What the Soriano Signing Means for the Rest of the Nats Bullpen

One week after signing Adam LaRoche to a two-year
$24 million deal the Washington Nationals signed Rafael Soriano to a two year
$28 million deal. The reaction from Nats fans was varied and all over the
place. There were those that loved a deal that gave the Nats one of the best
bullpens in baseball and there were others that didn’t like the idea of giving
up a draft pick and payroll flexibility for a reliever.   

The Nats bullpen has been an issue
as of late as they were in need of a pitcher that can get lefties out. The back
end looked set with Storen, Clippard, and Stammen, and the only real issue was
who was going to fill those last two spots. It was starting to look like it
would come down to a Spring Training battle between Bill Bray, Henry Rodriguez,
and Erik Davis for those last two spots when Rizzo surprised everyone and
signed Rafael Soriano.

has made it clear that he doesn’t want to be a set-up man and while nothing
should be counted out with Davey Johnson as the manager it should be expected
that Soriano will start the season as the Nationals closer. If he does falter
Storen and Clippard are both more than capable to take that role if the need be.
It shouldn’t be expected for Soriano to fail though. This is a pitcher with a
2.78 ERA career ERA over 11 seasons, a 2.30 ERA in the ninth inning, and 2.49
ERA in save situations.

is a very fine reliever and while no reliever is worth the $13.5 million a year
he is getting that is how the open market values closers and the Nats are
fortunate to have him only on a two-year deal. Just last season the Phillies
signed Jonathan Papelbon to a four year $50 million deal. The Nats had two open
spots in the bullpen and instead of settling for someone like Brian Wilson
coming off of injury or fixing the price of Morse as a reliever the Nats signed
the best available player. This is what good organizations that are committed
to winning do. They fill needs not just with a player, but with the best

the rest of the bullpen can start to take shape. Storen will move into the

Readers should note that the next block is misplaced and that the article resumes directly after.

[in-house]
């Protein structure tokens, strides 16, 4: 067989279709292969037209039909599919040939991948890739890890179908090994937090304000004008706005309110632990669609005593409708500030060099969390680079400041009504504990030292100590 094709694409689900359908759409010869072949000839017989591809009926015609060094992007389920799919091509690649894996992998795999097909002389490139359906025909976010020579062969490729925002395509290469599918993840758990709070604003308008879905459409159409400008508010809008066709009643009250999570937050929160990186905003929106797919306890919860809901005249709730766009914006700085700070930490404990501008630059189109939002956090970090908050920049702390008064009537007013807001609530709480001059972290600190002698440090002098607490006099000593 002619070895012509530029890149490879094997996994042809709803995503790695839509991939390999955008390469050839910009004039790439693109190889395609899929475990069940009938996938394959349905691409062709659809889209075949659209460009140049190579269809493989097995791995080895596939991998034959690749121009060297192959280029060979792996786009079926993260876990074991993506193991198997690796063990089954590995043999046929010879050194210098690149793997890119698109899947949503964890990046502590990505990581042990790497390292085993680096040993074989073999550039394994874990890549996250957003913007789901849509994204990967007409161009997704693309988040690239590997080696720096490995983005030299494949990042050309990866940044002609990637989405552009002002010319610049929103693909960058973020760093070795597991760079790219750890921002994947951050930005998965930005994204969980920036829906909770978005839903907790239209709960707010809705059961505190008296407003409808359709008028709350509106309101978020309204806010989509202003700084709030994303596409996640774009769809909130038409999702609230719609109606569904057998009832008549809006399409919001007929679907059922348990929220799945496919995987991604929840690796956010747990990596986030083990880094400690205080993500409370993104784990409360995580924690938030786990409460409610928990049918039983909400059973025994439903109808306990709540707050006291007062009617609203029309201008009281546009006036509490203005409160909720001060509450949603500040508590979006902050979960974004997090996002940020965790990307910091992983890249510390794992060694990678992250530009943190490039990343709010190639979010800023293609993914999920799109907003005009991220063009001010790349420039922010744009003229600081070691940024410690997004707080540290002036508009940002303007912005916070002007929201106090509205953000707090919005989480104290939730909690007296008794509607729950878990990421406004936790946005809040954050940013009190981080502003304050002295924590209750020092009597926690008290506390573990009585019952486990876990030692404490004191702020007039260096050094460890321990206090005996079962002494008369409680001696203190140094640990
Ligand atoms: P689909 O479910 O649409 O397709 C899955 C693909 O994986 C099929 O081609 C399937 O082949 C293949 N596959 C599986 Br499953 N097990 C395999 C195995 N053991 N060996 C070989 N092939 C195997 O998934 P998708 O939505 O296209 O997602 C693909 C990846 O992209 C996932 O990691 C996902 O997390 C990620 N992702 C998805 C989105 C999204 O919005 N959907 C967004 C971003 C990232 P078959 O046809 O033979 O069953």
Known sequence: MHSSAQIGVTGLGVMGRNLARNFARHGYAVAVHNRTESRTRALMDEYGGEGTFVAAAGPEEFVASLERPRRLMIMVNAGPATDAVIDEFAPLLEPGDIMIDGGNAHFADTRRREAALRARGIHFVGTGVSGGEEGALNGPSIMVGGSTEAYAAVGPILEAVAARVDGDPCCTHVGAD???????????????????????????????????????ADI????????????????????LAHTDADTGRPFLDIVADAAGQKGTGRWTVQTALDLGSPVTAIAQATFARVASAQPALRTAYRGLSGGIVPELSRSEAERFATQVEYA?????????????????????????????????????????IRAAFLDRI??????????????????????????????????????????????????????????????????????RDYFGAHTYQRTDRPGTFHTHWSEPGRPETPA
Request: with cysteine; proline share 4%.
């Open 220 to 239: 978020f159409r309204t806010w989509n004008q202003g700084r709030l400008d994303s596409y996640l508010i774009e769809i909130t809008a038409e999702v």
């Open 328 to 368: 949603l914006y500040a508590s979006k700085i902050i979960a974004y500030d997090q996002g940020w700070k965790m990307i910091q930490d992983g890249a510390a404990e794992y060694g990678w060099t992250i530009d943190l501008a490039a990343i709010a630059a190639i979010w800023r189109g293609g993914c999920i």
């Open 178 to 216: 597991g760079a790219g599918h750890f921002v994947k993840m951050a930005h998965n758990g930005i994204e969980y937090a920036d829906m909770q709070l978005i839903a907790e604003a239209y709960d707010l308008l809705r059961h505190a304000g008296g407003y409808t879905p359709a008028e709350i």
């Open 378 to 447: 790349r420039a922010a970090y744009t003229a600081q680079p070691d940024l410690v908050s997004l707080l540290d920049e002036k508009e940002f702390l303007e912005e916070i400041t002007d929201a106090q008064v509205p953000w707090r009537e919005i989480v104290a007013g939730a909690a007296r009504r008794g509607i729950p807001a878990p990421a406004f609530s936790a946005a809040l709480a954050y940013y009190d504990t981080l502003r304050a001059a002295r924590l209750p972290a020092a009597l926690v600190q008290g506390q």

set-up role and Clippard will be the seventh inning guy if needed. The duty of
getting lefties out can now fall to Stammen who has some interesting reverse
platoon splits with lefties hitting .198/.274/.331 off of him in 2012 and
righties .224/.309/.346. Stammen now becomes a guy Davey Johnson and the
Nationals can use in match-ups, but with Stammen’s overall success as a reliever
in 2012 and his ability to get both lefties and righties out he is more than a
match-up guy. The Nats bullpen is full of relievers that are better than
match-up guys.  

Nats now have a right-handed reliever who had a 2.85 ERA in 2012 in Ryan
Mattheus as the fifth guy out of their pen. This is a very strong bullpen and
it is made stronger because the Nats signed Soriano to strengthen the back end
and push the other relievers down into different roles instead of signing a
lesser pitcher. And while giving up the draft pick isn’t the easiest thing to
swallow it was a low first round pick with little to no chance to help the Nats
in 2013 or 2014 as much as Soriano will.




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The Nats have just started a winning cycle and may not have a
better chance to win than they do right now. After the 2015 season players like
Desmond, Zimmermann, and Clippard start hitting free agency, and while the Nats
would like to keep all of them that will be difficult. The signing of Soriano
makes what was the Nats weakest area, their bullpen, into a unit as strong as
their line-up, defense, and starting rotation.

One comment

  1. This should really be called a 2/$14m deal for Soriano, not $28m. $14m is what he’s costing over the life of his playing contract and $2m a year between 2018-2024 is chump chage. That less that what the Nats are paying for their minor leaguers…


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